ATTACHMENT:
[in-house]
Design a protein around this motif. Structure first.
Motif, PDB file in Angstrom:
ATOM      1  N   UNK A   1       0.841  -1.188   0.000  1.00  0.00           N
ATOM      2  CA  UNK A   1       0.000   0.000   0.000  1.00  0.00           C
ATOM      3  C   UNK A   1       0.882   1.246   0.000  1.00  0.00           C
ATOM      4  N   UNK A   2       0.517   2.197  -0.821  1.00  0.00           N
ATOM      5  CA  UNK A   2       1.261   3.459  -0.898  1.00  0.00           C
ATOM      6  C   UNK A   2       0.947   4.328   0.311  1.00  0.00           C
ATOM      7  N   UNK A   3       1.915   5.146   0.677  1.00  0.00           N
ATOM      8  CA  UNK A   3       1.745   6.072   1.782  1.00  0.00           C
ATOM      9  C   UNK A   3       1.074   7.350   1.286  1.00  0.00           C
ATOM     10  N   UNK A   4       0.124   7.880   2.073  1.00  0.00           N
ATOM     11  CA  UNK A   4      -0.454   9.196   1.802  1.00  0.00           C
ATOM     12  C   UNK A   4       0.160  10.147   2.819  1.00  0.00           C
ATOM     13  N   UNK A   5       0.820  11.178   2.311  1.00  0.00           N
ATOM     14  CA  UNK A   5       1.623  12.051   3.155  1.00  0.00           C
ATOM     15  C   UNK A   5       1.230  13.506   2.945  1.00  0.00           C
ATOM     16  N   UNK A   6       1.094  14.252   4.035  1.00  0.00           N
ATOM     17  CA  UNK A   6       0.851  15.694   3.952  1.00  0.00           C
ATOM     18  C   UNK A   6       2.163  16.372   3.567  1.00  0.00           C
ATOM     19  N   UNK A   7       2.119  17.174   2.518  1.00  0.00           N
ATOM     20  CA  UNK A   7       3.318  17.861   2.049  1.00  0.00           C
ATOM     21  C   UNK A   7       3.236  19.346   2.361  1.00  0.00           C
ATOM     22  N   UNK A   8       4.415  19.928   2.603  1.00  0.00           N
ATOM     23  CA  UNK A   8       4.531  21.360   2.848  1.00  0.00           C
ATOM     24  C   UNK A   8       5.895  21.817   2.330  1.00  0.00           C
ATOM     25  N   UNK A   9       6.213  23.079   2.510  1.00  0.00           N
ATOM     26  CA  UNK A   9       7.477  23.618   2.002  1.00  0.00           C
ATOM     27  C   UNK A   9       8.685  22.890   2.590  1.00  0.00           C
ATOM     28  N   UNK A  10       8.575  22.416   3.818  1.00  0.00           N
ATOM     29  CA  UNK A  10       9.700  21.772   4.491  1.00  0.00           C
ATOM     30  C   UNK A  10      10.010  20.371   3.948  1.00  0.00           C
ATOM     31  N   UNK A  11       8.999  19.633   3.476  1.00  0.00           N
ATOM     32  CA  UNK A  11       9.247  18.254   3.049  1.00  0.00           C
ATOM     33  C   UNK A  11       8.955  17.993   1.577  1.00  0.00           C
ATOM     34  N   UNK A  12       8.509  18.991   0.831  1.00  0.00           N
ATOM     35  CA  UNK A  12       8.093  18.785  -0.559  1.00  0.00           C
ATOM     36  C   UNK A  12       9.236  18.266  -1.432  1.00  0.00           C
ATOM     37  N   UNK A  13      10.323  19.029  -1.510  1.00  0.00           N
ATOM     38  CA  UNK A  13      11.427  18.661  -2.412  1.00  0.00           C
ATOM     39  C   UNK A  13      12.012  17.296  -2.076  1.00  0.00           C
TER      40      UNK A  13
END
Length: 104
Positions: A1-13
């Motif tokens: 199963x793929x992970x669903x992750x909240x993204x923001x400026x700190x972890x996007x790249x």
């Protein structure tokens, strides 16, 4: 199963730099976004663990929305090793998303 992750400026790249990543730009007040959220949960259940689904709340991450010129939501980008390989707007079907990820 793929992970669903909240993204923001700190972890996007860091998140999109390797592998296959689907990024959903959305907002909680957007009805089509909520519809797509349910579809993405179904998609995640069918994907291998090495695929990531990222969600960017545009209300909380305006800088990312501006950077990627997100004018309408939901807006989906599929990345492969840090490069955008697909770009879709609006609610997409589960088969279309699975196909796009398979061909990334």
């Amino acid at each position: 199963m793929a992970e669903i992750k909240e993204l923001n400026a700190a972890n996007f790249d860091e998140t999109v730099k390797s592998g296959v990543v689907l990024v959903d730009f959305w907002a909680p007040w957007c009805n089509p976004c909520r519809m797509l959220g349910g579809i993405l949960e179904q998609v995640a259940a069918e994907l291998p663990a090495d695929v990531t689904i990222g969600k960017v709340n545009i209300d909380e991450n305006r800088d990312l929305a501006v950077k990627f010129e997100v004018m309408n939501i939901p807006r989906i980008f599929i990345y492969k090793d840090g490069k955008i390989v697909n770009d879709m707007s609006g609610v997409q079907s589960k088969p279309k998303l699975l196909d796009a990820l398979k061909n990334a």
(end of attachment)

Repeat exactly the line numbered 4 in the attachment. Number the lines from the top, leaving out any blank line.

ATOM      1  N   UNK A   1       0.841  -1.188   0.000  1.00  0.00           N